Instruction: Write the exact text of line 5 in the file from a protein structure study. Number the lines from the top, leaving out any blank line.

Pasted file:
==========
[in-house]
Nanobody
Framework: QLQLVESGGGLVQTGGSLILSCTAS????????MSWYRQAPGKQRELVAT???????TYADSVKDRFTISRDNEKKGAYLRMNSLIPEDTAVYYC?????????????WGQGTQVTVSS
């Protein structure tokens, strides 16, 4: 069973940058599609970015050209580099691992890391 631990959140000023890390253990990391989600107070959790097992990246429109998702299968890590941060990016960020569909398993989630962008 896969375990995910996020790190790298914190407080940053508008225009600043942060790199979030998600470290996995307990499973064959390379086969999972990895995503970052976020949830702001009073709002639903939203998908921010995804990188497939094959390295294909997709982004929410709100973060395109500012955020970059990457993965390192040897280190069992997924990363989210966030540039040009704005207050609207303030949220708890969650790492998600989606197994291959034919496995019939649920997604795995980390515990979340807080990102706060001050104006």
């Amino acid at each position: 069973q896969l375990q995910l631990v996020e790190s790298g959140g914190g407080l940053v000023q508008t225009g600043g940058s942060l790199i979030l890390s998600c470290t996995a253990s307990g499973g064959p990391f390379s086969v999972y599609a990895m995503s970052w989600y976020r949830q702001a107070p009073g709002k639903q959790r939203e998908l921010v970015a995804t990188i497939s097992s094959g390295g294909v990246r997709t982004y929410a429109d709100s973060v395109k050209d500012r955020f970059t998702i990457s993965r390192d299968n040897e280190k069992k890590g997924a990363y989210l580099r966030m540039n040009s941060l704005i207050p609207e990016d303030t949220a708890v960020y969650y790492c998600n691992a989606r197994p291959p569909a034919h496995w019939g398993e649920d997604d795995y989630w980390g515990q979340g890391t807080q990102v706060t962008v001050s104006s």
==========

């Amino acid at each position: 069973q896969l375990q995910l631990v996020e790190s790298g959140g914190g407080l940053v000023q508008t225009g600043g940058s942060l790199i979030l890390s998600c470290t996995a253990s307990g499973g064959p990391f390379s086969v999972y599609a990895m995503s970052w989600y976020r949830q702001a107070p009073g709002k639903q959790r939203e998908l921010v970015a995804t990188i497939s097992s094959g390295g294909v990246r997709t982004y929410a429109d709100s973060v395109k050209d500012r955020f970059t998702i990457s993965r390192d299968n040897e280190k069992k890590g997924a990363y989210l580099r966030m540039n040009s941060l704005i207050p609207e990016d303030t949220a708890v960020y969650y790492c998600n691992a989606r197994p291959p569909a034919h496995w019939g398993e649920d997604d795995y989630w980390g515990q979340g890391t807080q990102v706060t962008v001050s104006s």